Tax and NICs Treatment of Termination Payments: Government Response to Consultation
The Government has issued its response to its consultation on simplifying the tax and National Insurance treatment of termination payments.
The Government has confirmed that from April 2018:
- The £30,000 income tax and National Insurance Contribution (NIC) exemption for termination payments will remain unchanged, so the first £30,000 of a termination payment will not be subject to income tax or employer or employee NICs;
- Payments in lieu of notice, whether provided for in the contract or not, will not count as termination payments (and will instead be treated as earnings), meaning that they will always be subject to income tax and employer and employee NICs;
- Any other payment that the employee would have received if they had worked their notice will be subject to income tax and NICs, even if the employee is asked to leave employment immediately or part way through their notice period;
- Termination payments which exceed £30,000 will be subject to income tax and employer (but not employee) NICs on the excess over £30,000 (currently termination payments are not subject to employer NICs at all);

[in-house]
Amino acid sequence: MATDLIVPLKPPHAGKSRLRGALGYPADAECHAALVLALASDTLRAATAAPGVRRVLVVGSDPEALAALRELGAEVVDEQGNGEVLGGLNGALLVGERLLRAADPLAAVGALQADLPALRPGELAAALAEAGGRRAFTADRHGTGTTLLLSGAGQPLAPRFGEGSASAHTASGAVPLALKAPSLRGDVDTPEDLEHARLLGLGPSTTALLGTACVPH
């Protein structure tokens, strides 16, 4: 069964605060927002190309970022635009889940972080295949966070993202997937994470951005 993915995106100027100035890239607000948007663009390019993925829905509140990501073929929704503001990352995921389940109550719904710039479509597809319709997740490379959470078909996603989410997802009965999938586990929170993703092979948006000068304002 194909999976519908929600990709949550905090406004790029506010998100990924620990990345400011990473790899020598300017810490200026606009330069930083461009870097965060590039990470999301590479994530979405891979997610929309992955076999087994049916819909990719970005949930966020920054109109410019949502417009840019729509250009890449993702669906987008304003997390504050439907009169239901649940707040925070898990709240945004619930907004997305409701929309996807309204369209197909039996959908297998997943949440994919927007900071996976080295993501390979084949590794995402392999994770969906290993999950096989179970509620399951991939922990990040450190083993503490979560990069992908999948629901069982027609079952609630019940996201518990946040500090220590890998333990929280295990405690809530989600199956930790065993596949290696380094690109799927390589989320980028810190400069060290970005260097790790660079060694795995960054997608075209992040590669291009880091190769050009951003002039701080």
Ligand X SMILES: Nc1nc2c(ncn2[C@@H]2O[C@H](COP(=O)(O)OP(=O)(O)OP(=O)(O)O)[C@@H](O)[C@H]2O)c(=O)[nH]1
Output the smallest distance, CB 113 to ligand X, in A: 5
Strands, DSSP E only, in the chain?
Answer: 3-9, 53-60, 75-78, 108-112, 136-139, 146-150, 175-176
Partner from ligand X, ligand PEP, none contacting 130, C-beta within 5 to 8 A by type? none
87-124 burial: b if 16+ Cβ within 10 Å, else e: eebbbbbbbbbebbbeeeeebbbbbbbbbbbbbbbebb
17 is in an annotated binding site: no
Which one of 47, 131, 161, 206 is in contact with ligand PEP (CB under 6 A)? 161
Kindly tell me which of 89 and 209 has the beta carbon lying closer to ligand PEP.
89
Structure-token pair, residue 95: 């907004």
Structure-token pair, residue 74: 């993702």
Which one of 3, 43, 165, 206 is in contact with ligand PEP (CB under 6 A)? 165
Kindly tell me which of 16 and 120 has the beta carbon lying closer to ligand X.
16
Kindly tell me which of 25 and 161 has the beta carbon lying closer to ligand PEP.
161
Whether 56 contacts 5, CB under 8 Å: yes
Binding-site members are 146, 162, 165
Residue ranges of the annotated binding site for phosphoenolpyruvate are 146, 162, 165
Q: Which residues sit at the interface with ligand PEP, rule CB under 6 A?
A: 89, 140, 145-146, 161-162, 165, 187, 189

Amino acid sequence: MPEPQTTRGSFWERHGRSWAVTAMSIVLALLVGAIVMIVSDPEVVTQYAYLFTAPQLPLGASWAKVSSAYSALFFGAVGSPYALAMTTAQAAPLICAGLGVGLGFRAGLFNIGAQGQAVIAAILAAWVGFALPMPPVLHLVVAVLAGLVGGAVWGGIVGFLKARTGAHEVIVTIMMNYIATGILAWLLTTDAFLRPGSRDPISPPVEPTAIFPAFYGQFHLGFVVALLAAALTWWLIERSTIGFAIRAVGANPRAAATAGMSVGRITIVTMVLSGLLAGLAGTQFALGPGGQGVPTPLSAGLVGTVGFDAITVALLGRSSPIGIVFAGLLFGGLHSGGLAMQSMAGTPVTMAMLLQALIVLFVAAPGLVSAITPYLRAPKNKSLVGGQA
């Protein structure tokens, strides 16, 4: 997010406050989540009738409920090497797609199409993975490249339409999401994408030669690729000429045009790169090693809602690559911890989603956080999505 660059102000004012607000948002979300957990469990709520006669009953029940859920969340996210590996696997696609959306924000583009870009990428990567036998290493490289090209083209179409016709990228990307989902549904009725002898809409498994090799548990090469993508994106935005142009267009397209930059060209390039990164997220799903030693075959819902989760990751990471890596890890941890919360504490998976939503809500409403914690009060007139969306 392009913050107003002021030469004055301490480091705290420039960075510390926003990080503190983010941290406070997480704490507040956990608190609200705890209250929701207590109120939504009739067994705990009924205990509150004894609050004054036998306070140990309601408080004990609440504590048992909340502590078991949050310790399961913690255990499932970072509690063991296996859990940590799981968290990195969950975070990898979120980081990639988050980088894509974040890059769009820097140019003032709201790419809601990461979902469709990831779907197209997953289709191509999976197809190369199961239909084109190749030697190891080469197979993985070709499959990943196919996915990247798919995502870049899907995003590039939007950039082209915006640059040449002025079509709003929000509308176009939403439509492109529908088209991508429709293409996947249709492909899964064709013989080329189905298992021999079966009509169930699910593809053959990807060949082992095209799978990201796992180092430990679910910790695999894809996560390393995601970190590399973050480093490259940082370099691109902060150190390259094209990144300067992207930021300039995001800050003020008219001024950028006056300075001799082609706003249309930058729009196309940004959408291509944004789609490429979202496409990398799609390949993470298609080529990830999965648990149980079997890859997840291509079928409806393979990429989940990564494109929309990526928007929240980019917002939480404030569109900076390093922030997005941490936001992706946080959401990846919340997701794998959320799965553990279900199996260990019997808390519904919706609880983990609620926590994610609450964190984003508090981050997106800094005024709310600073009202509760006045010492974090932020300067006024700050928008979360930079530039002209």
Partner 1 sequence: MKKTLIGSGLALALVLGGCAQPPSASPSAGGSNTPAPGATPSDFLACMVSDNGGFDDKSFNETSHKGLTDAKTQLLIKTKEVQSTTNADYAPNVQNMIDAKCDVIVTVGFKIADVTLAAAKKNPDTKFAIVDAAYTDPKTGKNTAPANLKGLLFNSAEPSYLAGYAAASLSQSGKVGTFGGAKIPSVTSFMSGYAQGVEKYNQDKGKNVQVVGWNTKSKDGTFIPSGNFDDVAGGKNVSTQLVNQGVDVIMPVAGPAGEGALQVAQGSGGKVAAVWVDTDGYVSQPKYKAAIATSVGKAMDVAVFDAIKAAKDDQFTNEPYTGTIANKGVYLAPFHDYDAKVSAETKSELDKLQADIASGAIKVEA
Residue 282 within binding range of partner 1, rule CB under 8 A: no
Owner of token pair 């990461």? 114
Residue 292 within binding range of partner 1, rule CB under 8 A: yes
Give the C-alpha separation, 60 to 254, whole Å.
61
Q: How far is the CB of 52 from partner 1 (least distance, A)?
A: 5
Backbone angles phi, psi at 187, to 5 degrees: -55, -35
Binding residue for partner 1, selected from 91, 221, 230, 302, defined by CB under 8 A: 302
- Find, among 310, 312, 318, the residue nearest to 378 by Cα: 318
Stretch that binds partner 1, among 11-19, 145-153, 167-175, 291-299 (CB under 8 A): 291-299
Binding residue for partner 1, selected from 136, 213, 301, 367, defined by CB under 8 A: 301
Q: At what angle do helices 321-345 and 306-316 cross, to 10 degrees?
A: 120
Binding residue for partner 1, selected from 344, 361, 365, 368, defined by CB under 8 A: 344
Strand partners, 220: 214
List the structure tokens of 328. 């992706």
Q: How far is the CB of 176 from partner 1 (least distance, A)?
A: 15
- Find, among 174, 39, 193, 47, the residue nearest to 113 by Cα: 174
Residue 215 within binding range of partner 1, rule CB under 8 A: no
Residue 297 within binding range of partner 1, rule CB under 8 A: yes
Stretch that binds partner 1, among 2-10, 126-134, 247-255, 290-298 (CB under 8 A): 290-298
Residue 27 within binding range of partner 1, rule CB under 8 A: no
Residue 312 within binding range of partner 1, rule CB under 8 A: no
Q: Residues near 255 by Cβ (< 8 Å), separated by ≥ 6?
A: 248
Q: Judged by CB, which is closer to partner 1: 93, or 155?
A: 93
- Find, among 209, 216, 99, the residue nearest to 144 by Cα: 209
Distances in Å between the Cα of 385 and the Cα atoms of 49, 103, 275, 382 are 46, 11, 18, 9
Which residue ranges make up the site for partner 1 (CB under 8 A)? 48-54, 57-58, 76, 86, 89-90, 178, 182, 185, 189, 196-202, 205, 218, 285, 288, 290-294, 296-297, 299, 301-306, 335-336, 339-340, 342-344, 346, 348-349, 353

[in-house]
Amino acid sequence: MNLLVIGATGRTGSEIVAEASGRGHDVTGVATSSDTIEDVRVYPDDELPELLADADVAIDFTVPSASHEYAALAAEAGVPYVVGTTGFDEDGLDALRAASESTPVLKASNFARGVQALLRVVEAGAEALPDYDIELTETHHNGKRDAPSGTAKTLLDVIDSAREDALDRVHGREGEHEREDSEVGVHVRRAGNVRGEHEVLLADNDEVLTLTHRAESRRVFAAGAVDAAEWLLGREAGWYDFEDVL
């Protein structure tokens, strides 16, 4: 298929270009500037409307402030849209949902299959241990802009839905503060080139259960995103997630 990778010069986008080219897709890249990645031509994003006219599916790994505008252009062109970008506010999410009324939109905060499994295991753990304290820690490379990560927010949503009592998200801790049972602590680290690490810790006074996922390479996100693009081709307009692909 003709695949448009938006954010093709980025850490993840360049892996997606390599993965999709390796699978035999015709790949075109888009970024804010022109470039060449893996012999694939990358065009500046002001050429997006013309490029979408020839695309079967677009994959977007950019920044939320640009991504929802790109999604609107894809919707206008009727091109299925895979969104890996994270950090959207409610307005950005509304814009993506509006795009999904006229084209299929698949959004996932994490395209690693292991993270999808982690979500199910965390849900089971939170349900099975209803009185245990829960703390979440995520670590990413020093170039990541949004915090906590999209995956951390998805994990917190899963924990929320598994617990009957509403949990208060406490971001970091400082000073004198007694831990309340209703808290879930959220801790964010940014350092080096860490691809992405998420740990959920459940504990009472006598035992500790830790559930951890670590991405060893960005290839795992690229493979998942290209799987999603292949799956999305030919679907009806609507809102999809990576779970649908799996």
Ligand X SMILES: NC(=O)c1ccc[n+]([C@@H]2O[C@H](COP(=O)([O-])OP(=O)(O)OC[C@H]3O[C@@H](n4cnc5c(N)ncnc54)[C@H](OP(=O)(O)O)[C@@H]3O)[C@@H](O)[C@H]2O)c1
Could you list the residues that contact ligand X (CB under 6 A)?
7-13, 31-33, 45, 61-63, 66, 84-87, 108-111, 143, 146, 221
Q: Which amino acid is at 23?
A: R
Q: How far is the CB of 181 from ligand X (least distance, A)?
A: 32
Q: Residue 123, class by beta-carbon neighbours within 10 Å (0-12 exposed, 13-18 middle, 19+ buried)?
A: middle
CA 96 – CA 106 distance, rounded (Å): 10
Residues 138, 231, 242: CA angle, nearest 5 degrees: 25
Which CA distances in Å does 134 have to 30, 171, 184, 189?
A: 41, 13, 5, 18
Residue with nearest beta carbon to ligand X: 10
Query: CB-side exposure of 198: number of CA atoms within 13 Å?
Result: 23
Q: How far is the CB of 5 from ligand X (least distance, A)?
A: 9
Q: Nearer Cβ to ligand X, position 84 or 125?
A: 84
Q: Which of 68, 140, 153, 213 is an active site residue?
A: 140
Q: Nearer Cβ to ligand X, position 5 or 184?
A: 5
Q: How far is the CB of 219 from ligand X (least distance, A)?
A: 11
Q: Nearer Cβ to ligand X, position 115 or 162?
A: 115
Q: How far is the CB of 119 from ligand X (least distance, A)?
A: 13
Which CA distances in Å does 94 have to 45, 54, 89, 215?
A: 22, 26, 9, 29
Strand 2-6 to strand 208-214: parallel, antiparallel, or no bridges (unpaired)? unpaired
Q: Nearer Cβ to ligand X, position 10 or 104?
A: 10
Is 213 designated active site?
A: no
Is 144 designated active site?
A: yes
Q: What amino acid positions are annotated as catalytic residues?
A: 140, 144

- The exemption for payments for injury or disability will be retained, but legislation will expressly provide that payments for injury to feelings do not fall within that exemption, unless the injury amounts to a psychiatric injury or other recognised medical condition. This is intended to put an end to the current difference of opinion between HMRC and the Employment Appeal Tribunal on whether payments for injury to feelings made on termination in cases of discrimination fall within this exemption;
- The exemption for legal costs will be retained;
- The foreign service exemption will be abolished, except in relation to seefarers.
The Government has also provided draft legislation for consultation. Responses are required by 5 October 2016.
These changes accord with and expand on the Chancellor’s March 2016 Budget announcement. Employers and employees will welcome the Government’s confirmation that a number of proposals considered in the consultation will not be taken forward. These include varying the amount of the exemption depending on the employee's length of service and limiting the exemption to termination payments made in cases of redundancy.
The articles published on this website, current at the date of publication, are for reference purposes only. They do not constitute legal advice and should not be relied upon as such. Specific legal advice about your own circumstances should always be sought separately before taking any action.